DC council passes sweeping police reforms after George Floyd protests

DC council passes sweeping police reforms after George Floyd protests
© Bonnie Cash

The Washington, D.C. City Council on Tuesday passed a sweeping slate of measures to reform police conduct in the city, as calls grow for reforming law enforcement agencies after the police killing of George Floyd in Minneapolis.

The legislative package, which passed unanimously, included a ban on hiring officers with a history of serious misconduct on other police forces and requires the city to quickly disclose the names of officers who are in situations where they use force against citizens, The Washington Post reported. The city would also be required to disseminate their body-camera footage. 

The package also includes a measure that bans the Metropolitan Police Department from using chemical irritants or rubber bullets to disperse peaceful demonstrations. It also makes it a felony for officers to use a neck restraint against citizens.


Floyd, 44, died after a white police officer, Derek Chauvin, pinned his knee to the back of Floyd's neck for nearly nine minutes as Floyd said, "I can't breathe." Chauvin has since been charged with second-degree murder.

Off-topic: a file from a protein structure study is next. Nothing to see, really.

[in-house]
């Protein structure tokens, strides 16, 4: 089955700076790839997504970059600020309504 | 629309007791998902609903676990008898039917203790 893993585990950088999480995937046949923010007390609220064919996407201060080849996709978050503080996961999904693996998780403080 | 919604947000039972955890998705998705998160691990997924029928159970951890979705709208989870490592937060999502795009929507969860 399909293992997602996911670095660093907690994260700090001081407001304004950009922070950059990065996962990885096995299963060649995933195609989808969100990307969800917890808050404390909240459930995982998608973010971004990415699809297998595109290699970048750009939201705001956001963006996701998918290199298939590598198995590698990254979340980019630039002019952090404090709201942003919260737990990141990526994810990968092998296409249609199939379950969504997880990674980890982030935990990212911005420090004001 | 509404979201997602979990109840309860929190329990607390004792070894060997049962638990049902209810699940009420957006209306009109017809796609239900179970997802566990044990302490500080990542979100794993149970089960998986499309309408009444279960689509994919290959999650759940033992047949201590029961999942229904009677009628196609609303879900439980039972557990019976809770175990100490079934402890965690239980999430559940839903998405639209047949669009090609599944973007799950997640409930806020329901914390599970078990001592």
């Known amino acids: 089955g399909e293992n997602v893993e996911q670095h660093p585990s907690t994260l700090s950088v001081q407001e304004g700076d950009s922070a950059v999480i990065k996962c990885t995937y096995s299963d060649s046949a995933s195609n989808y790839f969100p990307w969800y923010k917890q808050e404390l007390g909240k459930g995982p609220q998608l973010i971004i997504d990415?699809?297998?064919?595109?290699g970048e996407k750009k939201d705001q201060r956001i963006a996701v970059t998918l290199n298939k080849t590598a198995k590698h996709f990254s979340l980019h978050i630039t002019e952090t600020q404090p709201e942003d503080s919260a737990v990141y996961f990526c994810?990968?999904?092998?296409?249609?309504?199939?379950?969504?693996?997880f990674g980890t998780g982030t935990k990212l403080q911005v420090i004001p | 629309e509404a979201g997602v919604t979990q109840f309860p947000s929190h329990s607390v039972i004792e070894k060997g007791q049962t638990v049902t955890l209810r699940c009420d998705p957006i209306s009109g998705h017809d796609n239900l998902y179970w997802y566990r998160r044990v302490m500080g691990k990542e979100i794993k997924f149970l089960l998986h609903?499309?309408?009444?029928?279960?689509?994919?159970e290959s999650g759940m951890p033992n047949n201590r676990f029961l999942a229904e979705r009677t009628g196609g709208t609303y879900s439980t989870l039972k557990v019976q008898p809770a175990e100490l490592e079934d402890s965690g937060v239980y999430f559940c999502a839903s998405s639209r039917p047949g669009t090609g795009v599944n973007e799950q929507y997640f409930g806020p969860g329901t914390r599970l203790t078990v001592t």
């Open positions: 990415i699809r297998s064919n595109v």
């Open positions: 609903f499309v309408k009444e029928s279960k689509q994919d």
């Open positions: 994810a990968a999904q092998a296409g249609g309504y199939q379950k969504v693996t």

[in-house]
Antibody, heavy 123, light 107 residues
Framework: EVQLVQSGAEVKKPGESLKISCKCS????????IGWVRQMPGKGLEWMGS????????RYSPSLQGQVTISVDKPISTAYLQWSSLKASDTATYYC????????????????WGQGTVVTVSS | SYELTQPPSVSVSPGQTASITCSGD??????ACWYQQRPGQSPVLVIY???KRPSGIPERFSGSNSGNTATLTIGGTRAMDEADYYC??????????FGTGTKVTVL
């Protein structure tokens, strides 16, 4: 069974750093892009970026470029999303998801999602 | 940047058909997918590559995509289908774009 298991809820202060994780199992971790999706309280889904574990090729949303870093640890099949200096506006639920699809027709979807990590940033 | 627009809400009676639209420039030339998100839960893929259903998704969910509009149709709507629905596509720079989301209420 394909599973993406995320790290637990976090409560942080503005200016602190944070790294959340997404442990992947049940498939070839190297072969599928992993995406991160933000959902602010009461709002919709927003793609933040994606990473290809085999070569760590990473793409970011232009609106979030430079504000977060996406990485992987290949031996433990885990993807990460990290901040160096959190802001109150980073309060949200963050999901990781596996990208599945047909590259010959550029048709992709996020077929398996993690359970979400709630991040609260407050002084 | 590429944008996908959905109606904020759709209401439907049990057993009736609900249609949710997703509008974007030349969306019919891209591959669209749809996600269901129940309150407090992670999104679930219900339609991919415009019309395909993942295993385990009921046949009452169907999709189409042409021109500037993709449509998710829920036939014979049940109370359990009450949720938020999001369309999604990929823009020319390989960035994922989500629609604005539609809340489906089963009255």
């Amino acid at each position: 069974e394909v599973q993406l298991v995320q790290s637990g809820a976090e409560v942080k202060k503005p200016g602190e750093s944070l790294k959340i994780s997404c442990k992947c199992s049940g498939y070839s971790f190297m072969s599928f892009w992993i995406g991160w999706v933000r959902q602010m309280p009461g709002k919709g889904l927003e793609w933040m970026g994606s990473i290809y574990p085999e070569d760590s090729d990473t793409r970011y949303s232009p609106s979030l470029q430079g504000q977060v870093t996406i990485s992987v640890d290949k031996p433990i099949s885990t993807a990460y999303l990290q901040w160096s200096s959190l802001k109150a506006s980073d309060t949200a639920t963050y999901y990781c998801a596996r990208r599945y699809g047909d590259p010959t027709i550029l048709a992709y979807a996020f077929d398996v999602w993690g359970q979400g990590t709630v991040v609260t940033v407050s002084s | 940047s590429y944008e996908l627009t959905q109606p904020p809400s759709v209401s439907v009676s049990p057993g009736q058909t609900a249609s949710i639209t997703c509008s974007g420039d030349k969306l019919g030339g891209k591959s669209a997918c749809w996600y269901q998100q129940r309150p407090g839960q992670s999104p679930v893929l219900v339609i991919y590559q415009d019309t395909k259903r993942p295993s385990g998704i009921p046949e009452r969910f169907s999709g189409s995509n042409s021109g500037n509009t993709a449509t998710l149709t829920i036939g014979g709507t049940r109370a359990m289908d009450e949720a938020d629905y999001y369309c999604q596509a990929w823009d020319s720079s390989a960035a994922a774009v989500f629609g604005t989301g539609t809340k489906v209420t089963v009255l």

The move from the D.C. Council comes as federal, local and state leaders pledge to examine policing and institute reforms to hold law enforcement agencies more accountable. The pledges arrive as activists in cities around the U.S. demand governments cut funding for the police and divert it to other social services. 

In Minneapolis, nine members of the city council vowed to disband the local police department and replace the office with what members have said will be a new model of public safety. 

D.C. Mayor Muriel BowserMuriel BowserAbigail Breslin mourns loss of father from COVID-19 NAACP president accuses Trump of having operated under 'white supremacist doctrine' DC vaccine sign-ups plagued with technical problems MORE reportedly voiced concerns about rushing to pass legislation without public hearings. In a letter to the council, Bowser said she was worried about the amending of laws that "received significant consideration and public input when they were crafted."

"Allowing for community input and vetting by our residents can only serve to refine and strengthen changes to policing in the District," she said. 


While Bowser has the authority to veto legislation, the council has enough votes to override such a step. 

The approval of the legislative package allows the changes to be enacted for 90 days, the Post noted. They can be extended to 225 days with a second vote. Public hearings would need to be held if the laws are to become permanent. 

The D.C. Police Union condemned the list of reforms following its passage. In a statement, the union described the vote as a "disservice" and argued that there was no need for such a sweeping legislative package to be passed in a "hasty and unthoughtful manner."